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Take your pet to work
February 20, 2013 - Jodelle Greiner
I am an Animal Planet junkie and at times, they will feature people who bring their pets to work. It’s a popular trend and one many employers are encouraging.
I googled “dogs at work” and found a whole bunch of hits. One that caught my eye was from WTVR in Richmond, Va., which filed a report on the Virginia Commonwealth University’s School of Mass Communications “iPadJournos” mobile and social media journalism project. The students’ study found that bringing dogs to work lowers stress and increases employee satisfaction. (See wtvr.com/2012/04/22/study-finds-dogs-at-work-lower-stress-boost-morale/)
“The overall results generally are that pets in the workplace may provide a buffer to the stress that occurs throughout the day, not only for individuals that bring their dogs to work but for the entire workplace in terms of enhancing their job satisfaction overall,” said Dr. Sandra Barker, the director of VCU’s Center for Human-Animal Interaction, to WTVR.
With more layoffs, employees having to work more hours and get more done with less resources, stress is rampant in the workplace these days. It makes sense that more employers are becoming more lenient about allowing pets in the workplace, an effort to keep the employees they’ve got.
Personally, I’m a farmgirl and grew up with dogs and cats. Unfortunately, since I rent, I can’t have pets (see “Pets are good for us” on the Sentinel’s website fairmontsentinel.com). I have no problem with pets in the workplace — it would probably be good for me to have something furry to calm me down when my computer is crawling along — but I can see where some people might have an legitimate objection.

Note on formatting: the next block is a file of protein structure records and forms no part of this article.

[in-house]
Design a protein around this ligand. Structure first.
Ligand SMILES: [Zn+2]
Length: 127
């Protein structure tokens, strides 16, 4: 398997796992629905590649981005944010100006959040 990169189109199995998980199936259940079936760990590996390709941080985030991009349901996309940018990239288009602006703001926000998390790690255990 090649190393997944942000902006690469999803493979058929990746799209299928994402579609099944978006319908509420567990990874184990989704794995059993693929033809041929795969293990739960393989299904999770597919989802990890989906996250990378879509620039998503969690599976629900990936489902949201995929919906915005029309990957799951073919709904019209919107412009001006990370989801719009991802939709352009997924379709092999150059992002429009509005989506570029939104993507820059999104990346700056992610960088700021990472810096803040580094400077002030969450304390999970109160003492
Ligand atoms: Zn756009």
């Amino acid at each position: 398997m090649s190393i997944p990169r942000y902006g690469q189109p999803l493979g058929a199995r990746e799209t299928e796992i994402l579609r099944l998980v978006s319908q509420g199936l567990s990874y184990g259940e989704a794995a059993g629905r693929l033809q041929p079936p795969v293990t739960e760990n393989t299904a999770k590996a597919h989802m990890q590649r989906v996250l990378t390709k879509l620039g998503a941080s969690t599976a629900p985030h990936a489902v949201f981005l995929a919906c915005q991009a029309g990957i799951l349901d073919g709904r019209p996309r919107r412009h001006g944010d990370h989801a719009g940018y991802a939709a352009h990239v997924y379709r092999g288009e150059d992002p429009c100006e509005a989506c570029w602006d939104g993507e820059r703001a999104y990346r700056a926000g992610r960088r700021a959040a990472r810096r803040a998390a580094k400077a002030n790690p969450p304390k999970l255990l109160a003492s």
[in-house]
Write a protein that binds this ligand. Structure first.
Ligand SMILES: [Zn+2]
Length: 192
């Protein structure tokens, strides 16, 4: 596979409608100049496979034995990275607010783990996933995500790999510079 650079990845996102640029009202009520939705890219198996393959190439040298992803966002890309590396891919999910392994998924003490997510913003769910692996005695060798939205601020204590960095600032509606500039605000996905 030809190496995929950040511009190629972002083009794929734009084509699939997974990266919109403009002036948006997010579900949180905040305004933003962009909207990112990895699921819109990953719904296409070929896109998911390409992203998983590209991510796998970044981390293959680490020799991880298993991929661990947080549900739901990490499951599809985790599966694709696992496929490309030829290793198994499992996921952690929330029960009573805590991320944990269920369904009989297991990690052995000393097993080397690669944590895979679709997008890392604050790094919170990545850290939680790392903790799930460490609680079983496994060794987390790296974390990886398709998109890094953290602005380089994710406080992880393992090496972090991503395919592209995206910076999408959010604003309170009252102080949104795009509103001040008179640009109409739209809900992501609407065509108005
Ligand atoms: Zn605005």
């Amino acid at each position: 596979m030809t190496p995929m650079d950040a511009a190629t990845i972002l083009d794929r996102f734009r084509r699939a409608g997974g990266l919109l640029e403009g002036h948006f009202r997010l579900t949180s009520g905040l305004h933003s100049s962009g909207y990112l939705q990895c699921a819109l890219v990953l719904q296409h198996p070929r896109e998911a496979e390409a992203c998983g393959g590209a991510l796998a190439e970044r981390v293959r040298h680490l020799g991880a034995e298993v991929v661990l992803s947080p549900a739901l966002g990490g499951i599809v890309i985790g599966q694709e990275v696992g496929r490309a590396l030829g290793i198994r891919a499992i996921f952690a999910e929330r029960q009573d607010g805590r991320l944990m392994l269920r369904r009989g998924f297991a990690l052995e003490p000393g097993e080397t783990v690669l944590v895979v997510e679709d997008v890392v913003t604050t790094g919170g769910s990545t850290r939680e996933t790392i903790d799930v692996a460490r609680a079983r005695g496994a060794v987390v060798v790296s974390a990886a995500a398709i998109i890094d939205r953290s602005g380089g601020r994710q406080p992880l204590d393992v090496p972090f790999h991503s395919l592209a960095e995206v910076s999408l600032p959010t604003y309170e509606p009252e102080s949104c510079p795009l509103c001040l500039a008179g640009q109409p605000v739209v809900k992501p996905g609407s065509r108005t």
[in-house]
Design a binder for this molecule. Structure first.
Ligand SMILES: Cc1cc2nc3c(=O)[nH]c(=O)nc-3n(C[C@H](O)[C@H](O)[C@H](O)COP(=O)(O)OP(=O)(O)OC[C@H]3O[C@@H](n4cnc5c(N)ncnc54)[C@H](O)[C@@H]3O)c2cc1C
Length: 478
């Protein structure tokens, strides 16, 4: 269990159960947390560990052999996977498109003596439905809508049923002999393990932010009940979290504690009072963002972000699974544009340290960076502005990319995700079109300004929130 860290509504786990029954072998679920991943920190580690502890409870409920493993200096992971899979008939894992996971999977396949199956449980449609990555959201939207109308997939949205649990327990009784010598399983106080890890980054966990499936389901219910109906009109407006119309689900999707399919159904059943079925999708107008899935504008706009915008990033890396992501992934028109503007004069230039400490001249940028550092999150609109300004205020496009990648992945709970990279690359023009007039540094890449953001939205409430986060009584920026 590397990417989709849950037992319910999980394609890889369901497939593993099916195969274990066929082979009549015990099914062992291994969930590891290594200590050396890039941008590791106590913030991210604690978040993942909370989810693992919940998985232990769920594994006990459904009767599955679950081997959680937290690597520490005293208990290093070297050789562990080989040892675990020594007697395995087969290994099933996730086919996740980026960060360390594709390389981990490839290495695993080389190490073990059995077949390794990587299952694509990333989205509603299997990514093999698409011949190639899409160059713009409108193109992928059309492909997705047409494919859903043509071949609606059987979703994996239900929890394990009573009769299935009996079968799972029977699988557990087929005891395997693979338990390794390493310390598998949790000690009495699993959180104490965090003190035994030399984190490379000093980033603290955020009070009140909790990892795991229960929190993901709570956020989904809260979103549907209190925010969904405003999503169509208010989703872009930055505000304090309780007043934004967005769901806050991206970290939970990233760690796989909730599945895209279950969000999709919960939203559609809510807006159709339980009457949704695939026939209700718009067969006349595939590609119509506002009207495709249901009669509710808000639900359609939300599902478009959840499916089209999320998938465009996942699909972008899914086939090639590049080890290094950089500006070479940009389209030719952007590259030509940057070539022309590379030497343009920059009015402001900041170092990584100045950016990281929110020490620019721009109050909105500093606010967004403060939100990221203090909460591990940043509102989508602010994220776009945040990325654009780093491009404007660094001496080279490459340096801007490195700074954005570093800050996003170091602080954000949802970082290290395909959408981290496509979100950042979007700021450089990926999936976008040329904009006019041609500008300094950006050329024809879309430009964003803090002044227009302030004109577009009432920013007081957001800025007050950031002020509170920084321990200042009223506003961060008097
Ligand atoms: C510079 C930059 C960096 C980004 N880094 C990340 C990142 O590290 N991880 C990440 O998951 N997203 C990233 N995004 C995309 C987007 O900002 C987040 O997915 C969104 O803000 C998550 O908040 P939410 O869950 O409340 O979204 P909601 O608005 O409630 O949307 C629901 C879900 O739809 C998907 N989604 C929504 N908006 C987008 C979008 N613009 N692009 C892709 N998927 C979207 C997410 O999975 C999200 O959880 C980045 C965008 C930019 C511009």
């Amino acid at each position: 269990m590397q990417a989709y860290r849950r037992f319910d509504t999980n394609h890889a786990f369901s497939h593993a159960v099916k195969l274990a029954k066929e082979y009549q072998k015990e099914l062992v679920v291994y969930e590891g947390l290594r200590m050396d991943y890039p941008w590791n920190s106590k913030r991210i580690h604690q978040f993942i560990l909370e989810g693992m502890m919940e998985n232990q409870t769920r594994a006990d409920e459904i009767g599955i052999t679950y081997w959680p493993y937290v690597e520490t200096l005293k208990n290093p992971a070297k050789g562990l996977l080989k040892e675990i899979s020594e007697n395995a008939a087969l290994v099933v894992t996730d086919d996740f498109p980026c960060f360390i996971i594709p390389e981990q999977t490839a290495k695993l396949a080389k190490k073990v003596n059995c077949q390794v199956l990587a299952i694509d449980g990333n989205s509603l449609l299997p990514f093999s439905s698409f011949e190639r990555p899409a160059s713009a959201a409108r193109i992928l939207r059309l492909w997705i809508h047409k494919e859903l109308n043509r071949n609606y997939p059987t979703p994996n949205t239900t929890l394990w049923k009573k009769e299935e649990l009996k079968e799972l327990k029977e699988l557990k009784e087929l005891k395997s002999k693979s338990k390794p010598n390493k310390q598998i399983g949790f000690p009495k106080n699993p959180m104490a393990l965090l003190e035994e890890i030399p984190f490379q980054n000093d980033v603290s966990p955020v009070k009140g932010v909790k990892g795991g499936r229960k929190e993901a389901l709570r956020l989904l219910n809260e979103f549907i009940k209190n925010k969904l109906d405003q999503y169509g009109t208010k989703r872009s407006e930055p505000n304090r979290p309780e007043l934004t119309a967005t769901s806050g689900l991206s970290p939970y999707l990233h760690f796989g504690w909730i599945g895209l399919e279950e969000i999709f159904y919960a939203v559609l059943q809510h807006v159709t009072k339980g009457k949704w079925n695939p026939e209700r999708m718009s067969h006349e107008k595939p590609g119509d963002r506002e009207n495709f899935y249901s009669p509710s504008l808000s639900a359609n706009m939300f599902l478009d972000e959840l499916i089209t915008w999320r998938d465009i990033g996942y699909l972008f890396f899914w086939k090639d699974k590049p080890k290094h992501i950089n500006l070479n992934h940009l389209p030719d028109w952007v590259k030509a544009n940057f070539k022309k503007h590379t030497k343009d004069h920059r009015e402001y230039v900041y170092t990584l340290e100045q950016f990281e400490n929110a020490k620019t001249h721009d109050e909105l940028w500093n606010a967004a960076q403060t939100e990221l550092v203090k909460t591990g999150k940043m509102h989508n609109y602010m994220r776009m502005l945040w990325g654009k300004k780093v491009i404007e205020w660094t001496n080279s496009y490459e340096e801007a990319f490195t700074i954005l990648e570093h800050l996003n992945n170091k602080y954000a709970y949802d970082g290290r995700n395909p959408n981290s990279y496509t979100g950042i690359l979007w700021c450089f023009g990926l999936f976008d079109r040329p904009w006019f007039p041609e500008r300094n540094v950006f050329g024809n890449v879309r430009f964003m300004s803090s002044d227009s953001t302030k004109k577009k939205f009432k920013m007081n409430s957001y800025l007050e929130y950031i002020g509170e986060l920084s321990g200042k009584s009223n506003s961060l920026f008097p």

People with allergies should certainly speak up and let employers know they can’t tolerate a pet in their vicinity — some people are so allergic even secondary contact could set off their allergies. Those with phobias should also speak up and alert their employer if they can’t be in the presence of a certain type of animal. A good point made by the WTVR article is that all pets should be well-trained and up-to-date on their vaccinations.
Tolerance works both ways: those who don’t own pets might want to give an animal in the workplace a try. Who knows, you might be converted to a furry frame of mind.
Employers should talk to their employees and find out what they’re all thinking and try to accommodate where they can. Most importantly, employers should set a policy everyone can live with and stick to it.
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